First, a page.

Happy New Year!!!
I began writing Equilutions in 2009. I was four months into owning my first horse and I am proud to say Junior and I achieved every one of those goals. You can read other posts about Equilutions here: Equilutions.
My last Equilutions was in 2013. For the past two years I have not felt able to set any type of specific goals. There was always a goal to get another horse, but for a long time after I lost Junior I wasn't able to bring myself to make specific "dreams" about the future. I needed to just take it one day at a time for a while.
But this year I feel different. Things are different with a different horse. I have no idea what to expect from our upcoming show season. Our first show is less than 4 months away and we've not done a half-decent lead change (since the clinic) and I can't figure out what cadence his slow lope and his fast lope need to be, I haven't even tried a whole reining pattern yet, and are still inconsistent with loping off without trot steps. So we're having trouble with just, you know, ALL THE THINGS.
BUT our jog is extending nicely. We are doing better with ropes, gates, and stuff... though the sound of a rope cutting the air makes him toss his head or hide behind me. We are finding the different buttons for moving hips vs. shoulder and finding the difference between transitioning down by only one gate and not slamming on the brakes at the slightest ask for a jog. We are getting better at not throwing rodeos on the lunge line.
I like my new horse. I've no idea if this season will be successful at this point, but I'm enjoying the journey. Last year I took a western pleasure horse (something I knew a bit about) and made him a buckled Green Ranch Versatility horse. Now I'm taking a reining horse (something I know very little about) and turning him into a Ranch Versatility horse.... something I still need to learn a lot about!
I remind myself that last January I was VERY frustrated with Kevin. I didn't blog much about it, but we'd hit a rough patch. He was constantly cranky and irritable about work, would misbehave if asked for anything but basic rail work. But by spring he was soft in the bridle and always had a bright expression.... so did I, and you know how that season ended, so maybe we still have time.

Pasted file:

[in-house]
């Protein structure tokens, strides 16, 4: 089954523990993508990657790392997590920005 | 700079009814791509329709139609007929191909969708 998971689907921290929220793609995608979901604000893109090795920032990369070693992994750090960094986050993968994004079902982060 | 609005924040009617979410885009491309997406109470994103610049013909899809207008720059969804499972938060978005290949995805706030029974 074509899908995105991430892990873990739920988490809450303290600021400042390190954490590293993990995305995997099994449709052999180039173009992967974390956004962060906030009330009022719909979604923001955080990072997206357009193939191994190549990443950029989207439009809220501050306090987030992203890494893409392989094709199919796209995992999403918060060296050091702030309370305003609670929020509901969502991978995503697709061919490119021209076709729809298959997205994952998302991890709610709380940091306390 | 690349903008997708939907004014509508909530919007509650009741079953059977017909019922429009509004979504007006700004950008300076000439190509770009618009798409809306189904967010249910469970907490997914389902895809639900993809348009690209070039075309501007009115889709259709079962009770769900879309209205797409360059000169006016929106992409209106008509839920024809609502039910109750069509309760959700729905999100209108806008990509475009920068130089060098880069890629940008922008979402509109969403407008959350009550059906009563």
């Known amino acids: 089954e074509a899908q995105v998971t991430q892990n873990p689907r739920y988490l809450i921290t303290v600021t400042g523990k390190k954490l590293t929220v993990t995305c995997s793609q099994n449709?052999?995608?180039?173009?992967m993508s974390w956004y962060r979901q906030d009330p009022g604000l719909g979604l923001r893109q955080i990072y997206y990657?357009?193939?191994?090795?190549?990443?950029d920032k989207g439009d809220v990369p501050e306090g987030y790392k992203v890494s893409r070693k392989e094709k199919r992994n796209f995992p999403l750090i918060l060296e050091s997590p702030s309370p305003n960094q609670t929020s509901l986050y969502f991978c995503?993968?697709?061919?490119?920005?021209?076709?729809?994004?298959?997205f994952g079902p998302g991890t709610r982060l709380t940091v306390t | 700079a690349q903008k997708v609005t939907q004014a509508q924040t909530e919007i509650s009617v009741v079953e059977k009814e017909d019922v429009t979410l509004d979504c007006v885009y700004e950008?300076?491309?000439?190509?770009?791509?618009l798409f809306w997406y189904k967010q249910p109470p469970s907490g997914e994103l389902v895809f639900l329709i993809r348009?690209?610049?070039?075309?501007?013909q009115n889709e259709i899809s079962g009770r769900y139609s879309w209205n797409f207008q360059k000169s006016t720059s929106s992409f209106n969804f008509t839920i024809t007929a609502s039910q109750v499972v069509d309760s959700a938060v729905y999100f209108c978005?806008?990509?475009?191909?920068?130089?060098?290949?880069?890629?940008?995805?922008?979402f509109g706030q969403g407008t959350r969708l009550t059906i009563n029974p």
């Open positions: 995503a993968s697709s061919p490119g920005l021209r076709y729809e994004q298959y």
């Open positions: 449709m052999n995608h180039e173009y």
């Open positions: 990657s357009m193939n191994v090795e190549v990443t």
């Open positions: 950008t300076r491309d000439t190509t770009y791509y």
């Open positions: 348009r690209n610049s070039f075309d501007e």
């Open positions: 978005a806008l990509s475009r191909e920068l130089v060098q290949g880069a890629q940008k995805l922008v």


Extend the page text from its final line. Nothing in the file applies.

We had a nice ride today, though we had a serious rodeo on the lunge line. Not surprising since we really haven't had a work out since before he cut his face. He hasn't bucked that much since the day I brought him home! I made sure he was tired before I rode and we had a nice ride. So much to work on, but a nice ride! His wounds are healing. His face will be a much bigger scar than if the stitches had stayed in longer, but he's a ranch horse, so it'll be fine.
Equilutions for 2016
1. Do something about those "training dees" on my saddle. I will eventually get a good saddle, but I'm not ready yet. I found my current saddle for $200 on Craigslist. It had never been oiled and has a tear in the leather holding one of the rear-cinch dee-rings on. I replaced all the cheap/chipping conchos with copper ones, removed the d-rings on the pommel, and tied down the d-rings at the back. The crupper ring and the big rear d-rings make noise when I ride and it drives me nuts. The biggest issue is finding a way to quiet them that isn't unsightly and doesn't make the saddle completely un-sellable. I found a similar saddle (same brand, not a training saddle) on Craigslist, but I'm hesitant.... am I getting a slight upgrade or am I trading one set of problems for another?
2. Get rid of the clutter. This goes for general household as well as horse equipment. I did sell my hunt saddle, my good helmet, and a few other things off Facebook but OMG people are horrible! I had so many people say they would buy things and then ghost, and some people I met were incredibly late for meet-ups. It's hardly worth the stress! Instead I've got a booth booked at the biggest tack swap in the region on Valentine's Day at the University of Findlay. Last time I went there I sold nearly everything I brought. Hopefully we'll have good luck this year, too.
3. Say GOODBYE to making show clothing. I've designed/made/sold show clothing on and off for over 15 years. I have a decent amount of supplies on hand, but I've severely lacked the motivation to make any in a long time, especially since I don't show in those kind of clothes anymore. The market is flooded so I haven't been getting what I think my pieces are worth. It's a buyer's market, and Americans can get a t-shirt for $5 so why should they pay more than $100 for a show top? I sold my last several pieces (not including the custom work I designed specifically for clients) well below even off-the-rack prices, just to stay in the black. At this point I think I'm going to finish the last piece I started (an olive green showmanship suit) and sell off all my fabrics/trims. I would probably still work with repeat clients, though, if they were ever interested in adding to their wardrobe.
4. Learn how to tool leather. I've never done it. I might hate it, but I want to try it. I have been drooling over some custom belts and tack makers for the past year and though I think their prices are appropriate for the quality of their work, sadly they are not appropriate for my budget. There is a Tandy Leather store in town that gives classes. I'm going to try to tool a belt for myself and see if I never want to do it again, or maybe it's something I could add to my Etsy store.
What are your Equilutions for 2016?